Dan Neumann [08:36]: Oh, okay. So I’m not familiar with dac board, so I’ll, we’ll put a link to that in the show notes. I’ll go Google it later and kind of see, see what capabilities that has. Okay. So, but not a physical board like stuck to your refrigerator at least for your implementation.
Yvonne Marcus [08:51]: Yeah, we use a raspberry PI with a, uh, SD card of it that is then attached to a TV that is mounted on the wall.
Dan Neumann [09:01]: You did go fancy. There’s definitely an engineer involved in this or you’ve got engineering in your background too. Somehow. All y’all ended up with a very fancy high tech solution.
Yvonne Marcus [09:11]: Yeah. And, um, I’ve even liked done more research since then and found out that you could go even fancier by putting the raspberry PI inside of your TV. And I was like, Whoa.
Dan Neumann [09:20]: So for people who are listening in, they’re like, yeah, I’m not going to go with DAC board or raspberry PI, et cetera. How might you, um, like what, how do you help them figure out what the best visibility, how to create this transparency if they’re not going full on like touch panel, 60 inch things stuck to the living room, you know?
Yvonne Marcus [09:37]: Yeah. So we do a lot of white boarding. Um, and of course you can go sort of the traditional like what you see on every Scrum website ever and use post it notes. Uh, but I liked the whiteboard and then putting everything in either a Google sheet or, um, cause I, I use Gmail, so it’s just easier for me to do everything in there or, um, to use an application that does, to do lists. My husband likes Microsoft to do. So that was the one that we use because one of the main pieces of advice that I’m going to tell everyone is do not ask your partner or anyone in your family to start using a new piece of software that they do not already use in the beginning
Dan Neumann [10:25]: So go with the path of least resistance.
Yvonne Marcus [10:27]: Yes. Because if you ask someone to download a new piece of software and open it and they’re not used to it, they’re not going to do it and you’re going to fail at your first implementation of trying to run agile at your house or run Scrum, however it is that you want to do it. Um, I have an episode of my podcast where we talk about Kanban, which is, you know, equally applicable to households. It just depends on how your brain works on how your family runs. Um, and for us it just, I’m ADHD and being able to knock stuff off that to do list was way more important. But then I just went to my husband and I was like, okay, these are the applications I like. These are the applications you like, how can we either merge them together or how can we make it visible to me through the application that you want to use.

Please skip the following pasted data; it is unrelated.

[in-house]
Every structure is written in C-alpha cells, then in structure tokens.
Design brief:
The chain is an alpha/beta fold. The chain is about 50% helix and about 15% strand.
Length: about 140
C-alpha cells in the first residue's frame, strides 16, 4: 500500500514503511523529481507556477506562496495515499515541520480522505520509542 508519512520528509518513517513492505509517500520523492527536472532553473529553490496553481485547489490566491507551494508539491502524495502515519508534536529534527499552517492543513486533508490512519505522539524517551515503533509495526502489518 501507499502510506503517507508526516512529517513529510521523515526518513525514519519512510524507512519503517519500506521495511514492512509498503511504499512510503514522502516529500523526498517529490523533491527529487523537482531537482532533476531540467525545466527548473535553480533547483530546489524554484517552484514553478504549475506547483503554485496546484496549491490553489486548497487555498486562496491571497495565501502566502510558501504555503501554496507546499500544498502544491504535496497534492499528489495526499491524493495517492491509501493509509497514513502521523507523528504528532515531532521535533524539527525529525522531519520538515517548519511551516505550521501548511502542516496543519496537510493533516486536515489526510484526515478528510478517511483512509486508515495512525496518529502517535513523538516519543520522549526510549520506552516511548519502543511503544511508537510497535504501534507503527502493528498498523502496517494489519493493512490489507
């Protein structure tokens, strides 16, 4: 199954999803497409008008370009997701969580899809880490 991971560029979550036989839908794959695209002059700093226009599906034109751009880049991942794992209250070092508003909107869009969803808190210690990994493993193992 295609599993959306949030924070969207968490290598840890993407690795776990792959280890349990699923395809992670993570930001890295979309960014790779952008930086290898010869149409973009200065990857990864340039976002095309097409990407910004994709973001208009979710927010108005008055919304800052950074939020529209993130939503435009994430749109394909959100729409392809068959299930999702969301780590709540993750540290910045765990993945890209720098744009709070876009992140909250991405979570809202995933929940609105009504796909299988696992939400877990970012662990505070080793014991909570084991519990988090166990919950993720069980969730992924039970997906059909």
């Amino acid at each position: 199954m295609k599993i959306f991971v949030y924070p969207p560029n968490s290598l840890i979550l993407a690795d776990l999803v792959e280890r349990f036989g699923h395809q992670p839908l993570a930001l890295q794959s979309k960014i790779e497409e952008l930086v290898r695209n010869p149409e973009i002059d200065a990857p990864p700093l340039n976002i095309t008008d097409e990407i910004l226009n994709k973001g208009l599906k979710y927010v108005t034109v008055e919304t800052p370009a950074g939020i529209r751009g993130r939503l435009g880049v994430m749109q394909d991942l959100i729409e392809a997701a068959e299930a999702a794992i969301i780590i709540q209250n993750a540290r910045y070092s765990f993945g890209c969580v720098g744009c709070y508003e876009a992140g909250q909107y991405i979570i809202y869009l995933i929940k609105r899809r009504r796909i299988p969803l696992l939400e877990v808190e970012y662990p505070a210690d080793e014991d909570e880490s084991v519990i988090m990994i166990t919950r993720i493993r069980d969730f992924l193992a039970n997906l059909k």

Dan Neumann [11:14]: Very cool. And so you were able to find that you kind of went with, he liked using to do and you either didn’t have a strong preference or did you use a way to integrate those?
Yvonne Marcus [11:24]: Um, so we just presented them through the dac board, but if we had not, we would have used, um, I was using air table for a while. Um, click up has a great, uh, agile, um, setup inside of it. Um, because I was already using those things for my business. So it was easy for me to just say, okay, we can also use these from home. Uh, we use Trello at one point. Um, so we’ve pretty much tried and iterated on it because what’s going to happen is, is you know, people are going to try a certain software that they’re already using and then they’re going to find some limitations and then they’re going to go and do some research and find something else that maybe works or they’re just going to bend what they do into the limitation that they’ve found. It just, you know, you’re going to figure that out at your retrospective.
Dan Neumann [12:11]: Yeah. And I would say my brain was going to retrospect to, so you talked about populating the backlog and the kind of the iteration itself. You have a daily Scrum. Do you guys find a morning or afternoon what works best for you guys for your daily Scrum?